Today In History – February 20
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Today’s Highlight in History:
On Feb. 20, 2003, a fire sparked by pyrotechnics broke out during a concert by the group Great White at The Station nightclub in West Warwick, Rhode Island, killing 100 people and injuring about 200 others.
On this date:
In 1792, President George Washington signed an act creating the United States Post Office Department.
In 1862, William Wallace Lincoln, the 11-year-old son of President Abraham Lincoln and first lady Mary Todd Lincoln, died at the White House, apparently of typhoid fever.
In 1905, the U.S. Supreme Court, in Jacobson v. Massachusetts, upheld, 7-2, compulsory vaccination laws intended to protect the public’s health.
In 1907, President Theodore Roosevelt signed an immigration act which excluded “idiots, imbeciles, feebleminded persons, epileptics, insane persons” from being admitted to the United States.
In 1938, Anthony Eden resigned as British foreign secretary following Prime Minister Neville Chamberlain’s decision to negotiate with Italian dictator Benito Mussolini.
In 1942, Lt. Edward “Butch” O’Hare became the U.S. Navy’s first flying ace of World War II by shooting down five Japanese bombers while defending the aircraft carrier USS Lexington in the South Pacific.
In 1950, the U.S. Supreme Court, in United States v. Rabinowitz, ruled 5-3 that authorities making a lawful arrest did not need a warrant to search and seize evidence in an area that was in the “immediate and complete control” of the suspect.
In 1962, astronaut John Glenn became the first American to orbit the Earth as he flew aboard Project Mercury’s Friendship 7 spacecraft, which circled the globe three times in a flight lasting 4 hours, 55 minutes and 23 seconds before splashing down safely in the Atlantic Ocean 800 miles southeast of Bermuda.
In 1965, America’s Ranger 8 spacecraft crashed on the moon, as planned, after sending back thousands of pictures of the lunar surface.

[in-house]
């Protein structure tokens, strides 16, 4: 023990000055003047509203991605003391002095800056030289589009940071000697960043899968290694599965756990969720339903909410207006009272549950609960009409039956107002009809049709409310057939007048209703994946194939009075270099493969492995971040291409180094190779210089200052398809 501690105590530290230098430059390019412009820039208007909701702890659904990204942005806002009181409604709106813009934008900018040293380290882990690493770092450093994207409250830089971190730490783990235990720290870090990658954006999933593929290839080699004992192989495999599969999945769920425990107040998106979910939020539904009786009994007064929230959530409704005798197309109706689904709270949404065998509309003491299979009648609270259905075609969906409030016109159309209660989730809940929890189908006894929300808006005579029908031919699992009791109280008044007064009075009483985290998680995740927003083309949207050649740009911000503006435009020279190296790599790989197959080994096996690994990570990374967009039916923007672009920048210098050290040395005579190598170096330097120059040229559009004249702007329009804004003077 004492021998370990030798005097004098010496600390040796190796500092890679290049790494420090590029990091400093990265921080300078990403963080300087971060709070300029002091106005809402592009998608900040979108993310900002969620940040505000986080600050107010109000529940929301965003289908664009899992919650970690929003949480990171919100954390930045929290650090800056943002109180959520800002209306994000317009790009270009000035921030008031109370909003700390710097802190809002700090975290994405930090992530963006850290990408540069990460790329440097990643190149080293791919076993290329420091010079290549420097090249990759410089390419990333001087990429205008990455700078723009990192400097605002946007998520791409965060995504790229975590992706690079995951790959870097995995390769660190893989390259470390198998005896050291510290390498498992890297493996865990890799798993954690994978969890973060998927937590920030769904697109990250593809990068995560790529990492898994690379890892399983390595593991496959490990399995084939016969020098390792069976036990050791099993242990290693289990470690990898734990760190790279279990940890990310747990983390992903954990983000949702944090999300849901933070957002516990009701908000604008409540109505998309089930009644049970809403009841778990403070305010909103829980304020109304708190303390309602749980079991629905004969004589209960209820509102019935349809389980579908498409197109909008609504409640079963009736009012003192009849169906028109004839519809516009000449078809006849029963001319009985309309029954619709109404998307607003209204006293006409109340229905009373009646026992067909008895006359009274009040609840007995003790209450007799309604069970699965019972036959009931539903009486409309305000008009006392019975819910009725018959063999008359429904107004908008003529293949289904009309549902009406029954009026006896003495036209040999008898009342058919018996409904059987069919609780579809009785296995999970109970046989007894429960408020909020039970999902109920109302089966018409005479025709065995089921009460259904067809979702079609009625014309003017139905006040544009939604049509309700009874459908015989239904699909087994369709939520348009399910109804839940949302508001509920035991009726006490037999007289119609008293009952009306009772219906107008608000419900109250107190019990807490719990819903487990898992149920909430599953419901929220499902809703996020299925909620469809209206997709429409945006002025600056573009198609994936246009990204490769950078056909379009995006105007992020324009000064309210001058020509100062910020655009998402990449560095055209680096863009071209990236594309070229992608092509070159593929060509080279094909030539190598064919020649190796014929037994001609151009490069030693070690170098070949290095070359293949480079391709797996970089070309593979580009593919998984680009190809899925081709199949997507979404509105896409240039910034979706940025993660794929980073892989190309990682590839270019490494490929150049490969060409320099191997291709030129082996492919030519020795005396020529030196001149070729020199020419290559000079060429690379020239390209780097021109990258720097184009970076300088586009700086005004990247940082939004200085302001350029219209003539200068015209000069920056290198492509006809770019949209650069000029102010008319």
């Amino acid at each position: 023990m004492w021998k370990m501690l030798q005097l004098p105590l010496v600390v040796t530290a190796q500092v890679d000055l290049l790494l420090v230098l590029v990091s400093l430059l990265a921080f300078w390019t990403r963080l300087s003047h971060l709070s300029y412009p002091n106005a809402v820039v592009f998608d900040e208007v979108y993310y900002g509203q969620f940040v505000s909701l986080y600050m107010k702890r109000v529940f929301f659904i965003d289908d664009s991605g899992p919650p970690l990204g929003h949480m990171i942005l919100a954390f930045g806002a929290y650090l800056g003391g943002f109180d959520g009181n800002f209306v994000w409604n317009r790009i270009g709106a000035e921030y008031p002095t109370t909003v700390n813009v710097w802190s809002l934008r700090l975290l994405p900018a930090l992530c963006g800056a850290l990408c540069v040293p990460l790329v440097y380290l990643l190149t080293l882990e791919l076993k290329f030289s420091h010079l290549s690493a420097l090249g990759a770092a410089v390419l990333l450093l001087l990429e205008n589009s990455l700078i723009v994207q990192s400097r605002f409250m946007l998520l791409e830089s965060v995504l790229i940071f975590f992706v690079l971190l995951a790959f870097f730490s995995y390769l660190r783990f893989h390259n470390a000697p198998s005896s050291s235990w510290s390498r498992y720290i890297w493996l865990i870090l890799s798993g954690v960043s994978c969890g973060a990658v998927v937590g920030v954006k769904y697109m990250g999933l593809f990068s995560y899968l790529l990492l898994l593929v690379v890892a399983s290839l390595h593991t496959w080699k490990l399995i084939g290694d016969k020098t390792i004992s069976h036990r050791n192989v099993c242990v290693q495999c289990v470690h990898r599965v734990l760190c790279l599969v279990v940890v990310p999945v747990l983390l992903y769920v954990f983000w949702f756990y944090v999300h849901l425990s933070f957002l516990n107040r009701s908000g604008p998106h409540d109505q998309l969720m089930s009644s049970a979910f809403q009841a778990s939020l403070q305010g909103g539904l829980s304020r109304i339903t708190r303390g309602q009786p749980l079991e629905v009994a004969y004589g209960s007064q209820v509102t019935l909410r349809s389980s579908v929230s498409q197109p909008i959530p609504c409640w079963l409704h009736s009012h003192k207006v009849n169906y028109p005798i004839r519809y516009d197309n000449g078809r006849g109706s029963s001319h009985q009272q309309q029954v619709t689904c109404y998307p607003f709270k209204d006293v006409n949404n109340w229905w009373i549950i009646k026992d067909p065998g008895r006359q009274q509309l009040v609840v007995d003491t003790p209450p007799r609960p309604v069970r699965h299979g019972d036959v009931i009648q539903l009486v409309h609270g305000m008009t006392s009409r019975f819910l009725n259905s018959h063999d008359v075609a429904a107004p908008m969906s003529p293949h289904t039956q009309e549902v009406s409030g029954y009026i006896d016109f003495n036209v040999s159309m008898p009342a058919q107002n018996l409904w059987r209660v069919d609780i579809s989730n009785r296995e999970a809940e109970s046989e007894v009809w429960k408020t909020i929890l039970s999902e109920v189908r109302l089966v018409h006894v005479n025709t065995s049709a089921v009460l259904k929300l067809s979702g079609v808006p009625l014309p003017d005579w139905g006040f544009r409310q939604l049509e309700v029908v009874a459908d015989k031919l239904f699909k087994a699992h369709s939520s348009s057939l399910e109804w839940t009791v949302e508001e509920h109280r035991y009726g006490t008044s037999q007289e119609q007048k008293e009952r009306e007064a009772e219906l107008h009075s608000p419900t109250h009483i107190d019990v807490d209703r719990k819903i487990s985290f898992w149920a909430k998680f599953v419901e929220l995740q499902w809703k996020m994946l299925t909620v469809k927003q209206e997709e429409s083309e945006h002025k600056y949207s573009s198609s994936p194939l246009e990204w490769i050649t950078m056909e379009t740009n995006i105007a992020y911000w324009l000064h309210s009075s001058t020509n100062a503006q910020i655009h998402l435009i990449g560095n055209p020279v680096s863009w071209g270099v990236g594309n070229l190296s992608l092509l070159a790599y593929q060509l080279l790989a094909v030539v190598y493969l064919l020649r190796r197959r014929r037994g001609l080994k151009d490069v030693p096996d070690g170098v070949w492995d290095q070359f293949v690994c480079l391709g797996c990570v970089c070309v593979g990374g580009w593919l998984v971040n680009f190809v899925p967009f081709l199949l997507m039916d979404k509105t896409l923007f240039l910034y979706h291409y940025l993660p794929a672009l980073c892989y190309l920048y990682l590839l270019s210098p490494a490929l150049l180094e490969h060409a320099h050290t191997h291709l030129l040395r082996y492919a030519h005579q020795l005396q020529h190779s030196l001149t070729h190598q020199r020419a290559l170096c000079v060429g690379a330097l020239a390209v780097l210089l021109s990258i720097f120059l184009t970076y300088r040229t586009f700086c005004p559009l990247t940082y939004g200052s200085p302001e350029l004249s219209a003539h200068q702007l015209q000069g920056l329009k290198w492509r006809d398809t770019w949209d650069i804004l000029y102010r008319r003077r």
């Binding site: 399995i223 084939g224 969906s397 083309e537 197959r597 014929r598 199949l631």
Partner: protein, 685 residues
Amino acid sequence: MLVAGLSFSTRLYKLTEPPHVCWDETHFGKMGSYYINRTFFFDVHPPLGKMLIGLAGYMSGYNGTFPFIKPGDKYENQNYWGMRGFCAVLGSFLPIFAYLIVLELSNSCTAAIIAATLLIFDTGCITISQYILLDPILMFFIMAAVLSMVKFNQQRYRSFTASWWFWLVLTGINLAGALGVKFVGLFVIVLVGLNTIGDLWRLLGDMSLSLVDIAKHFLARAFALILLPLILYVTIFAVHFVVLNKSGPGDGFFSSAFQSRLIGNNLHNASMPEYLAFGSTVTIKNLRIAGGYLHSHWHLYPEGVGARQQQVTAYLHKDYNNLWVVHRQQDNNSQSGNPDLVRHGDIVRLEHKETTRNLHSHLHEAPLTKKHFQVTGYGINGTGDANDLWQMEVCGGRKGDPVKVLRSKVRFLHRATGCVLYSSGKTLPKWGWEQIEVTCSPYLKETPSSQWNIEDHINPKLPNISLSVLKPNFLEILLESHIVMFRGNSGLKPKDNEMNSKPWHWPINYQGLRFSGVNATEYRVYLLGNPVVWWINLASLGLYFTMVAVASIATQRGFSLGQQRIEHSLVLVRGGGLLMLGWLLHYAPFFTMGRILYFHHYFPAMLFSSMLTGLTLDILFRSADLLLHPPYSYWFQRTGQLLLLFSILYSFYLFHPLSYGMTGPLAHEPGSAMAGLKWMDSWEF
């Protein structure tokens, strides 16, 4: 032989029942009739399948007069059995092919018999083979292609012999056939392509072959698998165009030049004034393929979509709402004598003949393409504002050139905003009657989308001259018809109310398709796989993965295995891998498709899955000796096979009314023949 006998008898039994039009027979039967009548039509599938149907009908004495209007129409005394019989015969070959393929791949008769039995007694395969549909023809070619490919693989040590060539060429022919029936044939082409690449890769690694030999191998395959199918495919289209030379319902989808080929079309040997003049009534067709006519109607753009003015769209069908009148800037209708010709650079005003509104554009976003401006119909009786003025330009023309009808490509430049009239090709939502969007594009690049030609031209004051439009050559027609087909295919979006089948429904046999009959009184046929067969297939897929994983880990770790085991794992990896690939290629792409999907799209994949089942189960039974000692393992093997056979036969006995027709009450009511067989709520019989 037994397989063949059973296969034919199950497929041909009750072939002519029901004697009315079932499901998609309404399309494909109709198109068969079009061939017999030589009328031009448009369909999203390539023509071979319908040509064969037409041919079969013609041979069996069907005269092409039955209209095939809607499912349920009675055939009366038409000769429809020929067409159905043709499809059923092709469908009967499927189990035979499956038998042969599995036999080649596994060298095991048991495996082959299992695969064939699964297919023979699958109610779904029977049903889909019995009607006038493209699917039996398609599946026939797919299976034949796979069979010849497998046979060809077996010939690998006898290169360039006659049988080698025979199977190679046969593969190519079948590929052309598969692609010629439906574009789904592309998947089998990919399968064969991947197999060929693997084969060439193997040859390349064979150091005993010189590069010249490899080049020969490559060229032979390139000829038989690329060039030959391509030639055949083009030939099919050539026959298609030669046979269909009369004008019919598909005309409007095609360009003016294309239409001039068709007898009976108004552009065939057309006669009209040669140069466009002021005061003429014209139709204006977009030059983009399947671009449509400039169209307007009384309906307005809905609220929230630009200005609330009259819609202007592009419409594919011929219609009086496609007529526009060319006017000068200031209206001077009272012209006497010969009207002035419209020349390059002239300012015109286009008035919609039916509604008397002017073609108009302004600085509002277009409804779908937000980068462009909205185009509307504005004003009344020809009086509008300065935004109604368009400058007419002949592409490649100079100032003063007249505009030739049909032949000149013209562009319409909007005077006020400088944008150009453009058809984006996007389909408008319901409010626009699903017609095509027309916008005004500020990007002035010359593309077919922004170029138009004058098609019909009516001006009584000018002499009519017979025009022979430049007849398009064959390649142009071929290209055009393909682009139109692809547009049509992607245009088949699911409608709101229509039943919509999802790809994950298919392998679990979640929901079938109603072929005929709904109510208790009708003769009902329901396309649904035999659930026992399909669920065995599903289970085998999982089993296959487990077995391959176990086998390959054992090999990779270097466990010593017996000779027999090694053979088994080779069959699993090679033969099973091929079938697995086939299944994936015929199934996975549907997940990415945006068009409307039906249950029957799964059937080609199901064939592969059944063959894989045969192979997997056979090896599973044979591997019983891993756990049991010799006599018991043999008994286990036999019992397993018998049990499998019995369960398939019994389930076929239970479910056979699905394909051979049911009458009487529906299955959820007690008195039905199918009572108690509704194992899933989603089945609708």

In 1971, the National Emergency Warning Center in Colorado erroneously ordered U.S. radio and TV stations off the air; some stations heeded the alert, which was not lifted for about 40 minutes.
In 1987, a bomb left by Unabomber Ted Kaczynski exploded behind a computer store in Salt Lake City, seriously injuring store owner Gary Wright. Soviet authorities released Jewish activist Josef Begun.
In 1999, movie reviewer Gene Siskel died at a hospital outside Chicago at age 53.
Ten years ago: President Barack Obama warned a gathering of mayors at the White House that he would “call them out” if they wasted the money from his massive economic stimulus plan. The Dow Jones industrial average ended the week at 7,365.67, the lowest level in more than six years. Israeli President Shimon Peres chose Benjamin Netanyahu to form a new government. The WTA fined Dubai Tennis Championships organizers a record $300,000 after Israeli player Shahar Peer was denied a visa by the United Arab Emirates.
Five years ago: Protesters advanced on police lines in the heart of the Ukrainian capital of Kiev, prompting government snipers to shoot and kill scores of people. In Sochi, Canada beat the U.S. 3-2 in overtime to win its 4th straight Olympic women’s hockey gold. Adelina Sotnikova became Russia’s first gold medalist in women’s Olympic figure skating, defeating defending champion Yuna Kim of South Korea.
One year ago: Students who survived the Florida school shooting traveled to Tallahassee to urge state lawmakers to prevent another massacre, but procedural moves in the legislature effectively halted any effort to ban assault-style rifles like the one used in the attack. President Donald Trump directed the Justice Department to move to ban devices like the rapid-fire bump stocks used in the Las Vegas massacre. Canadians Tessa Virtue and Scott Moir became the most decorated figure skaters in history, capturing the gold medal in ice dancing on Day 11 of the Winter Olympics in South Korea.